- ma-ha-na'-im (machanayim; the Greek is different in every case where the name occurs, Codex Vaticanus and Codex Alexandrinus also giving variant forms; the dual form may be taken as having arisen from an old locative ending, as, e.g. yerushala(y)im from an original yerushalem. In Gen 32:21
machaneh is evidently a parallel form and should be rendered as a proper name, Mahaneh, i.e. Mahanaim): The city must have been one of great strength. It lay East of the Jordan, and is first mentioned in the history of Jacob. Here he halted after parting from Laban, before the passage of the Jabbok (Gen 31:2
), "and the angels of God met him." Possibly it was the site of an ancient sanctuary. It is next noticed in defining the boundaries of tribal territory East of the Jordan. It lay on the border of Gad and Manasseh (Josh 13:26,30
). It belonged to the lot of Gad, and was assigned along with Ramoth in Gilead to the Merarite Levites (Josh 21:38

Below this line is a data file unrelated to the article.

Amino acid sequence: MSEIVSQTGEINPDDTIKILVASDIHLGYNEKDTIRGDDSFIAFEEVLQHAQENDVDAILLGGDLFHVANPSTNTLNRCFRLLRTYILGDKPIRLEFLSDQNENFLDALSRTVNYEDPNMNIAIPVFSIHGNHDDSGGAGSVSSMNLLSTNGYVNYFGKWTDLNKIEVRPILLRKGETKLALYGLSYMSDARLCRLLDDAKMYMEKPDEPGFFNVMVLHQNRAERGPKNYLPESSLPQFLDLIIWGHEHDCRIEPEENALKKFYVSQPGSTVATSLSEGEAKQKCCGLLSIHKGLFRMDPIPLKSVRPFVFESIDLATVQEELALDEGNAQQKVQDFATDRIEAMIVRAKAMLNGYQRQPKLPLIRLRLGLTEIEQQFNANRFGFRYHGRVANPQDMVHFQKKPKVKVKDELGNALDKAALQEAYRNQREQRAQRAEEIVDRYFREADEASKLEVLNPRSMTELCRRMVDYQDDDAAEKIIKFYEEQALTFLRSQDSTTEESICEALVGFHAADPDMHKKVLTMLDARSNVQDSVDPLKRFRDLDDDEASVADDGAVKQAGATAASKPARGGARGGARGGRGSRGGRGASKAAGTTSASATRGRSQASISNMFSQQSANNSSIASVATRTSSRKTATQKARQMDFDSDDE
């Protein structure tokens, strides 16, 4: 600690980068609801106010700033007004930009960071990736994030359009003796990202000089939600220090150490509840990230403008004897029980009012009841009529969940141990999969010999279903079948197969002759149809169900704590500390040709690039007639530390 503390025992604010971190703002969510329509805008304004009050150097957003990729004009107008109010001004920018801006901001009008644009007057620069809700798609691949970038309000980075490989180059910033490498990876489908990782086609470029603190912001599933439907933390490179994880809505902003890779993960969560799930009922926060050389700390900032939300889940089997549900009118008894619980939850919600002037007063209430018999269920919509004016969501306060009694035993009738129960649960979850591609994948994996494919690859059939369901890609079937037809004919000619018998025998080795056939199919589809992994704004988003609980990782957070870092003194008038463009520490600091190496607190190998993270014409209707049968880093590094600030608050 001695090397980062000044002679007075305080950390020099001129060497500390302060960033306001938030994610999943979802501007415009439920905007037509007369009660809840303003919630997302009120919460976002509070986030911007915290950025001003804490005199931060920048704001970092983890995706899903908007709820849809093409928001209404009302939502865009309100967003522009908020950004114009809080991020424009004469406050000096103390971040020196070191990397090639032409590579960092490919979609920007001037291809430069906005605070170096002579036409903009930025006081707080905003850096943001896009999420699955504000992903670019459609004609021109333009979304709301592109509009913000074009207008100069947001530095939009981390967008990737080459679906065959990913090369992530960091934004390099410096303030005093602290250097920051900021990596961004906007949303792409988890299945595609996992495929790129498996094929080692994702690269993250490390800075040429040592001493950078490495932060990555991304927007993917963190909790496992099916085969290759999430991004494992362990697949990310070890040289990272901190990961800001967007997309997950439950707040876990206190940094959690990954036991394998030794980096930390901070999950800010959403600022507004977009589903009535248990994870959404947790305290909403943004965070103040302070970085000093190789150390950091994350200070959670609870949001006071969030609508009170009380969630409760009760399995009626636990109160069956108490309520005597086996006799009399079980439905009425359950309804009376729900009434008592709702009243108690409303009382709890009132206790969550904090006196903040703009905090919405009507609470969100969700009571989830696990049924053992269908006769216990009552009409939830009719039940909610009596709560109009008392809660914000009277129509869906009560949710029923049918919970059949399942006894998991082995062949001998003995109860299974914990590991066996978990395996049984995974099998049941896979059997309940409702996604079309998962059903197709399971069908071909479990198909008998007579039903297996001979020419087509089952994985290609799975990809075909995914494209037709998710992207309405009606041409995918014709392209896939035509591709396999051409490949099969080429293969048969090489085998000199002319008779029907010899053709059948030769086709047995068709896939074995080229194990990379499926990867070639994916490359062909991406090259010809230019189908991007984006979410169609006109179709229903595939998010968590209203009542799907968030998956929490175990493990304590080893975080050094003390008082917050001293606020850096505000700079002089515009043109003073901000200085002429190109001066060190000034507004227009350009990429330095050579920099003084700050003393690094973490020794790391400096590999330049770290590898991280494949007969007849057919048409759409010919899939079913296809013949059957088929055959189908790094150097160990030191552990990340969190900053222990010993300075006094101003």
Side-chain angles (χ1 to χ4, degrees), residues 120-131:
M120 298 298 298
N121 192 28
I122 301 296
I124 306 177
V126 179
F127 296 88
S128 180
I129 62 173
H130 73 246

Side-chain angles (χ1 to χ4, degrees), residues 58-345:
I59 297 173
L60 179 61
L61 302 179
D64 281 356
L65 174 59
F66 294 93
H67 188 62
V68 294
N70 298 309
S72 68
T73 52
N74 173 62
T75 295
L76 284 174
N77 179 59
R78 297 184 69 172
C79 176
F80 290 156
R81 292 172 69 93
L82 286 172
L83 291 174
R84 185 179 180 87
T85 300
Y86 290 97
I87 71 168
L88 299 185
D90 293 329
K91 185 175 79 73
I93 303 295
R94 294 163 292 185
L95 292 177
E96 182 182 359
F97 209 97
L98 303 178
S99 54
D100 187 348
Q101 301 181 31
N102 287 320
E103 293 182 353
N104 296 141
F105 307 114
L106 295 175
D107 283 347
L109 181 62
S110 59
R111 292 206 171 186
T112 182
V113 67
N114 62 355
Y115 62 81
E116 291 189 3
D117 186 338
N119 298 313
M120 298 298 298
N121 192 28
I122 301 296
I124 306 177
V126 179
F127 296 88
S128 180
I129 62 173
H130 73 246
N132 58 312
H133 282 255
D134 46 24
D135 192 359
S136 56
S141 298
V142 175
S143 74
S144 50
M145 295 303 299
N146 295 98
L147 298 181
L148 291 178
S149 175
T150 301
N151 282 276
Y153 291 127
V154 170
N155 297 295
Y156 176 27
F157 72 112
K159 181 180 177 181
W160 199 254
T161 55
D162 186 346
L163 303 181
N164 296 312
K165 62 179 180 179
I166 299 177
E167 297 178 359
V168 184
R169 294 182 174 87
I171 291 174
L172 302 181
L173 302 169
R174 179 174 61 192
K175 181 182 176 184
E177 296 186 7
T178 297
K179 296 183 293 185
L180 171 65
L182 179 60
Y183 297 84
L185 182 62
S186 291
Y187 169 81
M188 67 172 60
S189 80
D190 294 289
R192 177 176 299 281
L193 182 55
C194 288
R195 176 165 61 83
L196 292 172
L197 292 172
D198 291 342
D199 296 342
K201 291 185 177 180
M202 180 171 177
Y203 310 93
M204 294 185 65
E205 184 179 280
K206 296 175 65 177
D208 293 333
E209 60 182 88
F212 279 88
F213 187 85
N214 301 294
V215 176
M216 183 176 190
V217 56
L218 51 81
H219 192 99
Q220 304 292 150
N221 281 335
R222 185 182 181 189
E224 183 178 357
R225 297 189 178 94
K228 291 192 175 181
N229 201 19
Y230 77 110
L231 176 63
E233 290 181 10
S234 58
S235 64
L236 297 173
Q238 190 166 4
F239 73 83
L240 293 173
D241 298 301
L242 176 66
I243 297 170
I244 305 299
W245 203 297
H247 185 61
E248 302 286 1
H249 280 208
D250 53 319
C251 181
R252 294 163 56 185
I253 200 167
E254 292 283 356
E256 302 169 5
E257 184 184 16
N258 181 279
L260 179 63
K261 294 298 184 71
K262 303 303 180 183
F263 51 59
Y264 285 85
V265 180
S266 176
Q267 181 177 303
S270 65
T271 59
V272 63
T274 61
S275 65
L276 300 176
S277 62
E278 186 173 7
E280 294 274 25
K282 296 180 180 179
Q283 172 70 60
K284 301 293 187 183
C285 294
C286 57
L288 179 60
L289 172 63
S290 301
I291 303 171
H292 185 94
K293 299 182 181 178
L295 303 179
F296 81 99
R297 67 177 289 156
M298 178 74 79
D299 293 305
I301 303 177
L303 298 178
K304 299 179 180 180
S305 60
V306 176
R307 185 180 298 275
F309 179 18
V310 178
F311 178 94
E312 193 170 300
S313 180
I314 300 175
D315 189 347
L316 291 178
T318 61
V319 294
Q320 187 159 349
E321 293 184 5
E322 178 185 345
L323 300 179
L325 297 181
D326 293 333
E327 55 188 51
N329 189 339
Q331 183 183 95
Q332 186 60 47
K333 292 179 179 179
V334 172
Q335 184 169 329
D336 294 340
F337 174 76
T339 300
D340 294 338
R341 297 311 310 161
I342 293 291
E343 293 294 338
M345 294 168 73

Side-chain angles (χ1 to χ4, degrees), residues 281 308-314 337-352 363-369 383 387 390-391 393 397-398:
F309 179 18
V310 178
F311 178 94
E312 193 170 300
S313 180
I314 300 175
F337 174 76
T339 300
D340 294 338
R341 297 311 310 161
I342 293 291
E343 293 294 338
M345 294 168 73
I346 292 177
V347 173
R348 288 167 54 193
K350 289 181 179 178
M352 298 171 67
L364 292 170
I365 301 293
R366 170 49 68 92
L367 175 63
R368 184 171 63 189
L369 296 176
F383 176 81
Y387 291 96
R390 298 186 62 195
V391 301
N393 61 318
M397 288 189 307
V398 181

; 1 Ch 6:80
--the former of these passages affords no justification to Cheyne in saying (EB, under the word) that it is mentioned as a "city of refuge"). The strength of the place doubtless attracted Abner, who fixed here the capital of Ishbosheth's kingdom. Saul's chivalrous rescue of Jabesh-gilead was remembered to the credit of his house in these dark days, and the loyalty of Mahanaim could be reckoned on (2 Sam 2:8
, etc.). To this same fortress David fled when endangered by the rebellion of Absalom; and in the "forest" hard by, that prince met his fate (2 Sam 17:24
, etc.). It was made the center of one of Solomon's administrative districts, and here Abinadab the son of Iddo was stationed (1 Ki 4:14
). There seems to be a reference to Mahanaim in Song 6:13
the Revised Version (British and American). If this is so, here alone it appears with the article. By emending the text Cheyne would read: "What do you see in the Shulammite? A narcissus of the valleys."
It is quite clear from the narrative that Jacob, going to meet his brother, who was advancing from the South, crossed the Jabbok after leaving Mahanaim. It is therefore vain to search for the site of this city South of the Jabbok, and Conder's suggested identification with some place near el-Buqei`a, East of es-Salt], must be given up.